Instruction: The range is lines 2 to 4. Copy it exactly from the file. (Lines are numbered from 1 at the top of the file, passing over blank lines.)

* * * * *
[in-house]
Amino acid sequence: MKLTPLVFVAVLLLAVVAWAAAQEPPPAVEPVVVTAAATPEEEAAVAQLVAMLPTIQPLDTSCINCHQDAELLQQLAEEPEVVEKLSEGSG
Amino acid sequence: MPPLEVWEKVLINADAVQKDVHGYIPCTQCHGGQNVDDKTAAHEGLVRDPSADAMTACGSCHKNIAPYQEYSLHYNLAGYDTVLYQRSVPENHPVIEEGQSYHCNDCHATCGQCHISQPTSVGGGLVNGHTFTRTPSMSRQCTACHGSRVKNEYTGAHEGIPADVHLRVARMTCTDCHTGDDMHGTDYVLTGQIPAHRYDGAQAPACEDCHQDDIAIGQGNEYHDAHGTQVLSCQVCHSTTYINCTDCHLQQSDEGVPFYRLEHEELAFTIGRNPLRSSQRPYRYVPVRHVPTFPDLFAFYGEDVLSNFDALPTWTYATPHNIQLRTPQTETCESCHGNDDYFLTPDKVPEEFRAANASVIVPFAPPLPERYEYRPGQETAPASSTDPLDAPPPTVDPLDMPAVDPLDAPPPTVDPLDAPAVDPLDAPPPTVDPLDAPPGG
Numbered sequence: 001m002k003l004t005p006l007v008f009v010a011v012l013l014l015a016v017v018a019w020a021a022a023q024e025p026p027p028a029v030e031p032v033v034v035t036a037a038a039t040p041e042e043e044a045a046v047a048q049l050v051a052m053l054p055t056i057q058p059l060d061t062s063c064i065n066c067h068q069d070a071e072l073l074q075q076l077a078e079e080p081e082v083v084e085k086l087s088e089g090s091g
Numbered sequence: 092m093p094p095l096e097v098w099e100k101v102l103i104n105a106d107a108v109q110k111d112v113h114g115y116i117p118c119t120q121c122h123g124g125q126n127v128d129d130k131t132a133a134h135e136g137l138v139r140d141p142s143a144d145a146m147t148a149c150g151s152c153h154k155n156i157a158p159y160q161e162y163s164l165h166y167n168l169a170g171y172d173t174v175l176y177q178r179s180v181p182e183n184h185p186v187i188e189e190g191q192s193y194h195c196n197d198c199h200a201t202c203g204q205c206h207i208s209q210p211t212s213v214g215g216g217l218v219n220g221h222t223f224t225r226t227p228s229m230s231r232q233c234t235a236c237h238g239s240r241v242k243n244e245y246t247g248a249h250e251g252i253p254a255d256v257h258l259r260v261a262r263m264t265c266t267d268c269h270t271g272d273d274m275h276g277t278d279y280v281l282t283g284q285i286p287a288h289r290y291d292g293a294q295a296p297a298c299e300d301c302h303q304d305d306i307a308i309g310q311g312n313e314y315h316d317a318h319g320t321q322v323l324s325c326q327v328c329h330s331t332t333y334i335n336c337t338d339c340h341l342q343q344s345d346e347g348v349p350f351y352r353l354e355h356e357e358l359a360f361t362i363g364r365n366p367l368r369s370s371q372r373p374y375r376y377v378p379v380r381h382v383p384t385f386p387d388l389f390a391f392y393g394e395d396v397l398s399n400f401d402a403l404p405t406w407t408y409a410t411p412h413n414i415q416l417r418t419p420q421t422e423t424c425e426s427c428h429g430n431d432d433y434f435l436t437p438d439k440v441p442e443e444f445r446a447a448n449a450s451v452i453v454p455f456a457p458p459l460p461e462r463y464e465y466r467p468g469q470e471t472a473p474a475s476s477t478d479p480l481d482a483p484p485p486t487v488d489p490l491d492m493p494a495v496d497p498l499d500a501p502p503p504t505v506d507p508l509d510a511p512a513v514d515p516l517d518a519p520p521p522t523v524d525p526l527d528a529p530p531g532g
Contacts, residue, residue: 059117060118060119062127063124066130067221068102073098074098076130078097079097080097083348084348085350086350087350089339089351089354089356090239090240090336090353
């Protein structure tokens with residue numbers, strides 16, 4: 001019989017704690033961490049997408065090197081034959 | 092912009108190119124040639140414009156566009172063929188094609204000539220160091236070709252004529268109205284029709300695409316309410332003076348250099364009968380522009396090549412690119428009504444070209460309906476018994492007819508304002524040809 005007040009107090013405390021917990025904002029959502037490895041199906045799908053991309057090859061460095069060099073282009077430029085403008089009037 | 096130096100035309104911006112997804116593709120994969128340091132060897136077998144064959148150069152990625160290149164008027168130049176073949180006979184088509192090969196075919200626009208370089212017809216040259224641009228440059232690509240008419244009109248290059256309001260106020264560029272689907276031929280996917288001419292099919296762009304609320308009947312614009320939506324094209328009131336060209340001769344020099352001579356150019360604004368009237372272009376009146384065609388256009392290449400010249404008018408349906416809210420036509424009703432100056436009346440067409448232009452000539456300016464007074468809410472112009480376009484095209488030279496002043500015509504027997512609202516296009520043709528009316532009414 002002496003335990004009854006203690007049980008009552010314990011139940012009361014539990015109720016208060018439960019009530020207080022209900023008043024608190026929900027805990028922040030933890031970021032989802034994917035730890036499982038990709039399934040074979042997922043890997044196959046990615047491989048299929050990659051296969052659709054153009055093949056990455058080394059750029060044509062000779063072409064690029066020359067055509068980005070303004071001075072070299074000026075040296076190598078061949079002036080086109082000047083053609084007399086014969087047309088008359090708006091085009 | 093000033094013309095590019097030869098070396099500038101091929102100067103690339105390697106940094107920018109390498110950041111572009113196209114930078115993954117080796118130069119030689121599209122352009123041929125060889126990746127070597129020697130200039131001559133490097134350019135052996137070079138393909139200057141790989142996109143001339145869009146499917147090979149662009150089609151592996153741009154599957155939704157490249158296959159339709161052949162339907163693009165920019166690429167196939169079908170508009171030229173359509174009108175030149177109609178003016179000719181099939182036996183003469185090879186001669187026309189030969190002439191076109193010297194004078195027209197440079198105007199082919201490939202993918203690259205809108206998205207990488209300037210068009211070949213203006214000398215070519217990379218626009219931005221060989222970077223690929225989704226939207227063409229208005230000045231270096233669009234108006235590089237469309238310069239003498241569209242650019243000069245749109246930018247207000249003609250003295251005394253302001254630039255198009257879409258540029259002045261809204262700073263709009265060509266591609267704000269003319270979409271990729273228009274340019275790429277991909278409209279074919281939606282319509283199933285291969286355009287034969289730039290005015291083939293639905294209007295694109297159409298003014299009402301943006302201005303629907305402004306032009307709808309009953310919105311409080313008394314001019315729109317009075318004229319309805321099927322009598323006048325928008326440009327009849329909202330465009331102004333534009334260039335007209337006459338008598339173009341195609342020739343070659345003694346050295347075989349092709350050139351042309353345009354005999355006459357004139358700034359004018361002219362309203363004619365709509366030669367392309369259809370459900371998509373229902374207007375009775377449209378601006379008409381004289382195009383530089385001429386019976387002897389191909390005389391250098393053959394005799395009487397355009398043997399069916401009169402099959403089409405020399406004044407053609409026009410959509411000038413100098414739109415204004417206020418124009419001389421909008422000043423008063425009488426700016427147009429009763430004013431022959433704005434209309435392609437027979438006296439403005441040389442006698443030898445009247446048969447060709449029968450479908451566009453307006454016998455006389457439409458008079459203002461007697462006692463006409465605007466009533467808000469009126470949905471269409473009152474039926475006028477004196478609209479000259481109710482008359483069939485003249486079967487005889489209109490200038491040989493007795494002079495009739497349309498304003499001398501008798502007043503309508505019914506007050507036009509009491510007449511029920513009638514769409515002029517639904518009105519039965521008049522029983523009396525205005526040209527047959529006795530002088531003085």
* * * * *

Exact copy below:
Amino acid sequence: MKLTPLVFVAVLLLAVVAWAAAQEPPPAVEPVVVTAAATPEEEAAVAQLVAMLPTIQPLDTSCINCHQDAELLQQLAEEPEVVEKLSEGSG
Amino acid sequence: MPPLEVWEKVLINADAVQKDVHGYIPCTQCHGGQNVDDKTAAHEGLVRDPSADAMTACGSCHKNIAPYQEYSLHYNLAGYDTVLYQRSVPENHPVIEEGQSYHCNDCHATCGQCHISQPTSVGGGLVNGHTFTRTPSMSRQCTACHGSRVKNEYTGAHEGIPADVHLRVARMTCTDCHTGDDMHGTDYVLTGQIPAHRYDGAQAPACEDCHQDDIAIGQGNEYHDAHGTQVLSCQVCHSTTYINCTDCHLQQSDEGVPFYRLEHEELAFTIGRNPLRSSQRPYRYVPVRHVPTFPDLFAFYGEDVLSNFDALPTWTYATPHNIQLRTPQTETCESCHGNDDYFLTPDKVPEEFRAANASVIVPFAPPLPERYEYRPGQETAPASSTDPLDAPPPTVDPLDMPAVDPLDAPPPTVDPLDAPAVDPLDAPPPTVDPLDAPPGG
Numbered sequence: 001m002k003l004t005p006l007v008f009v010a011v012l013l014l015a016v017v018a019w020a021a022a023q024e025p026p027p028a029v030e031p032v033v034v035t036a037a038a039t040p041e042e043e044a045a046v047a048q049l050v051a052m053l054p055t056i057q058p059l060d061t062s063c064i065n066c067h068q069d070a071e072l073l074q075q076l077a078e079e080p081e082v083v084e085k086l087s088e089g090s091g